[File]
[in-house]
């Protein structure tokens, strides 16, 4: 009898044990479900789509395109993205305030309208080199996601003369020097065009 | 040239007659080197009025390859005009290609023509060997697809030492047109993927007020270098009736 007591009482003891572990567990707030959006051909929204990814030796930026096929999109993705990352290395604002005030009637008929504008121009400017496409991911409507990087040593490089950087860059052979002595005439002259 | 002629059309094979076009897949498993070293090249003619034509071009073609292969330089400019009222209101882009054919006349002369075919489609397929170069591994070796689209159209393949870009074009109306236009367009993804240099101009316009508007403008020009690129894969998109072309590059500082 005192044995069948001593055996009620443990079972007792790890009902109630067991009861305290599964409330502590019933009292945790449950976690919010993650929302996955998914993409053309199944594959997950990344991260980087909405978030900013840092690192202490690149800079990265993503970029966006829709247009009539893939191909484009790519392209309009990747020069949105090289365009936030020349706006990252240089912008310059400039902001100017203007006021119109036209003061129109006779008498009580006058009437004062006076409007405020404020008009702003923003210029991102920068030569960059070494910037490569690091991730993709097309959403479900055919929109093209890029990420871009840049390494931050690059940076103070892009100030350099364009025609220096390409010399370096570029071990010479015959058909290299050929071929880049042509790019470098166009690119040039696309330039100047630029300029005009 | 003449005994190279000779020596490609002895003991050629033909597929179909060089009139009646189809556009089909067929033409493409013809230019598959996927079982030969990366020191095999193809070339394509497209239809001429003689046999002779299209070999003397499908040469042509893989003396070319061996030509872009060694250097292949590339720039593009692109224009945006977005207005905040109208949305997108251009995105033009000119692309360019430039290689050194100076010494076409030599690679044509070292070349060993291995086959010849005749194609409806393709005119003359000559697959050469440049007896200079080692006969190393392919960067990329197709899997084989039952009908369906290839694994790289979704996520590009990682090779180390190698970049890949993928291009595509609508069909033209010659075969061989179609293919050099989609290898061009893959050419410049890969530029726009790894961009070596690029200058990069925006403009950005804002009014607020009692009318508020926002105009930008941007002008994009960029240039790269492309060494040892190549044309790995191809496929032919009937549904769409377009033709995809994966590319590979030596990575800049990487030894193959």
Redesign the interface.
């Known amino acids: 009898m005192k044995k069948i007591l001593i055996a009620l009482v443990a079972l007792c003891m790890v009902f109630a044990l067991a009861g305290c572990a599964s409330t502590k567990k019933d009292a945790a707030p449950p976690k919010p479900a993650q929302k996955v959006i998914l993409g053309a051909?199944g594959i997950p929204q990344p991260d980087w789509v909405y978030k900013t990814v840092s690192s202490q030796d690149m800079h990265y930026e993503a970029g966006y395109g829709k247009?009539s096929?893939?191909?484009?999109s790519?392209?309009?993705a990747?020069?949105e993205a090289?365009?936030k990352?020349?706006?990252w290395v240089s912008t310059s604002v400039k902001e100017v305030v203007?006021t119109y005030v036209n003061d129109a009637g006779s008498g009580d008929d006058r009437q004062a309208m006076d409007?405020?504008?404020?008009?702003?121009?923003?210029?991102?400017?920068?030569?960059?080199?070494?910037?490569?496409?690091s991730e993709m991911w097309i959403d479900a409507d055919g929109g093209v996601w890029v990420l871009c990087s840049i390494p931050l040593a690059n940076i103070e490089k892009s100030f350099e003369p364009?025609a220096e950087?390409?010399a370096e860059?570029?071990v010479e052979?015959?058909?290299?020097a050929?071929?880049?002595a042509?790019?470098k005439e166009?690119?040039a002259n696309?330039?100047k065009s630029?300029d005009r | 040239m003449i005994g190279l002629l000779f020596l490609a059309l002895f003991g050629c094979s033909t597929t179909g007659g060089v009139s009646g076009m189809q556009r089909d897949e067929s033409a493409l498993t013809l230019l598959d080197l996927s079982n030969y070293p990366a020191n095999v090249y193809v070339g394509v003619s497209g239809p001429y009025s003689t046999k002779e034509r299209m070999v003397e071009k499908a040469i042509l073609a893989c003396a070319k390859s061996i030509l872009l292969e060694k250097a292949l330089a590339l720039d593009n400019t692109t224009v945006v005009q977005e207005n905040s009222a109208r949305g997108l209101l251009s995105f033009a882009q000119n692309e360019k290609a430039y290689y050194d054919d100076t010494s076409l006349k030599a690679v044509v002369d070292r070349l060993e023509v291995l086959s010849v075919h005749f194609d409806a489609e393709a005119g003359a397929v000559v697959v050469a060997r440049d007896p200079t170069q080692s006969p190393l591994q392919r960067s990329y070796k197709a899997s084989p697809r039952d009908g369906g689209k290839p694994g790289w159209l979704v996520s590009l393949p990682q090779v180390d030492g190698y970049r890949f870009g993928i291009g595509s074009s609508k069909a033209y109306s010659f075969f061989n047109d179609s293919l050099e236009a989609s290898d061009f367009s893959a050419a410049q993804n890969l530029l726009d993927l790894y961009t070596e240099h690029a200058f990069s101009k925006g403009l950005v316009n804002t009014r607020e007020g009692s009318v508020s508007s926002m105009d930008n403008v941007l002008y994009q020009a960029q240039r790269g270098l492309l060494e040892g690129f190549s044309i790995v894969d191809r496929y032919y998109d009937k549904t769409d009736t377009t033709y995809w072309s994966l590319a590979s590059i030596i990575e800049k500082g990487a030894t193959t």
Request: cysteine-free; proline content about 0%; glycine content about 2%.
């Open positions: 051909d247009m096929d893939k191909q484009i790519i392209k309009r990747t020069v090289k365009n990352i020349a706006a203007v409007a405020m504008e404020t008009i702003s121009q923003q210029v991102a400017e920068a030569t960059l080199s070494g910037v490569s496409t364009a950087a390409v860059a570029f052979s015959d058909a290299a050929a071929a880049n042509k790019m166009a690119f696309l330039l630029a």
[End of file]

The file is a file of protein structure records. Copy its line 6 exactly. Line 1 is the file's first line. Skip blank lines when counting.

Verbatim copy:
């Open positions: 051909d247009m096929d893939k191909q484009i790519i392209k309009r990747t020069v090289k365009n990352i020349a706006a203007v409007a405020m504008e404020t008009i702003s121009q923003q210029v991102a400017e920068a030569t960059l080199s070494g910037v490569s496409t364009a950087a390409v860059a570029f052979s015959d058909a290299a050929a071929a880049n042509k790019m166009a690119f696309l330039l630029a």